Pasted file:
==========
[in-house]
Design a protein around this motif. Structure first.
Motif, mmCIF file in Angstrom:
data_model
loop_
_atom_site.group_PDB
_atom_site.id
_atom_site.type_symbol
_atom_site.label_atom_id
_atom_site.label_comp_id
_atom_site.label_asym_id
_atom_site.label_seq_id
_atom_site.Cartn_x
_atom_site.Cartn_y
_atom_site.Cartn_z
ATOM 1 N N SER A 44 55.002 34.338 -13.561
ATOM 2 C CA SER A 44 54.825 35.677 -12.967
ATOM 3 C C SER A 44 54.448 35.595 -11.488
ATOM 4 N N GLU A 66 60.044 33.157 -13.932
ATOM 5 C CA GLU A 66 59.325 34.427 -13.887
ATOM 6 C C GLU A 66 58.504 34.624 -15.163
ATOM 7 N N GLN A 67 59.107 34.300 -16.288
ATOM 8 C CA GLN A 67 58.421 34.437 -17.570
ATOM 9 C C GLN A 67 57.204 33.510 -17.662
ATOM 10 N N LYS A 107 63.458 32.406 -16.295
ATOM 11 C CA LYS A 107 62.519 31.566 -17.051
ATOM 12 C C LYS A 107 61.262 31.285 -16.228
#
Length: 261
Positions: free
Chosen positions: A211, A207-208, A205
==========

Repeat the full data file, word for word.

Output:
[in-house]
Design a protein around this motif. Structure first.
Motif, mmCIF file in Angstrom:
data_model
loop_
_atom_site.group_PDB
_atom_site.id
_atom_site.type_symbol
_atom_site.label_atom_id
_atom_site.label_comp_id
_atom_site.label_asym_id
_atom_site.label_seq_id
_atom_site.Cartn_x
_atom_site.Cartn_y
_atom_site.Cartn_z
ATOM 1 N N SER A 44 55.002 34.338 -13.561
ATOM 2 C CA SER A 44 54.825 35.677 -12.967
ATOM 3 C C SER A 44 54.448 35.595 -11.488
ATOM 4 N N GLU A 66 60.044 33.157 -13.932
ATOM 5 C CA GLU A 66 59.325 34.427 -13.887
ATOM 6 C C GLU A 66 58.504 34.624 -15.163
ATOM 7 N N GLN A 67 59.107 34.300 -16.288
ATOM 8 C CA GLN A 67 58.421 34.437 -17.570
ATOM 9 C C GLN A 67 57.204 33.510 -17.662
ATOM 10 N N LYS A 107 63.458 32.406 -16.295
ATOM 11 C CA LYS A 107 62.519 31.566 -17.051
ATOM 12 C C LYS A 107 61.262 31.285 -16.228
#
Length: 261
Positions: free
Chosen positions: A211, A207-208, A205